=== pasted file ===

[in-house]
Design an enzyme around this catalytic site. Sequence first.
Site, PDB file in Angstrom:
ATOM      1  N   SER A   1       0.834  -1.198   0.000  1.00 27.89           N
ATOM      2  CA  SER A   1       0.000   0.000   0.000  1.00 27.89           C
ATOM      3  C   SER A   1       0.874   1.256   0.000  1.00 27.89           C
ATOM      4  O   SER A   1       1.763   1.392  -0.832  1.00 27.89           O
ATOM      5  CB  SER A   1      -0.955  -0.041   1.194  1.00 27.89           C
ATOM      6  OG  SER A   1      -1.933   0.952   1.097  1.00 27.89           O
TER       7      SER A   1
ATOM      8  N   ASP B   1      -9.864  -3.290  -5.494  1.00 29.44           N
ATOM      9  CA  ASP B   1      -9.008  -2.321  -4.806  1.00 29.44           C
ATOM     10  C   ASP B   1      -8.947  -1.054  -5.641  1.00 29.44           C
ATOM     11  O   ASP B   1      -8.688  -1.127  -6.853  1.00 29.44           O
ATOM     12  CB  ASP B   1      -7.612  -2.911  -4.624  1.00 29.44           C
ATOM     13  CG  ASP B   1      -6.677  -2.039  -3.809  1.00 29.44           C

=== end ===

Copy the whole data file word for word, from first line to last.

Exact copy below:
[in-house]
Design an enzyme around this catalytic site. Sequence first.
Site, PDB file in Angstrom:
ATOM      1  N   SER A   1       0.834  -1.198   0.000  1.00 27.89           N
ATOM      2  CA  SER A   1       0.000   0.000   0.000  1.00 27.89           C
ATOM      3  C   SER A   1       0.874   1.256   0.000  1.00 27.89           C
ATOM      4  O   SER A   1       1.763   1.392  -0.832  1.00 27.89           O
ATOM      5  CB  SER A   1      -0.955  -0.041   1.194  1.00 27.89           C
ATOM      6  OG  SER A   1      -1.933   0.952   1.097  1.00 27.89           O
TER       7      SER A   1
ATOM      8  N   ASP B   1      -9.864  -3.290  -5.494  1.00 29.44           N
ATOM      9  CA  ASP B   1      -9.008  -2.321  -4.806  1.00 29.44           C
ATOM     10  C   ASP B   1      -8.947  -1.054  -5.641  1.00 29.44           C
ATOM     11  O   ASP B   1      -8.688  -1.127  -6.853  1.00 29.44           O
ATOM     12  CB  ASP B   1      -7.612  -2.911  -4.624  1.00 29.44           C
ATOM     13  CG  ASP B   1      -6.677  -2.039  -3.809  1.00 29.44           C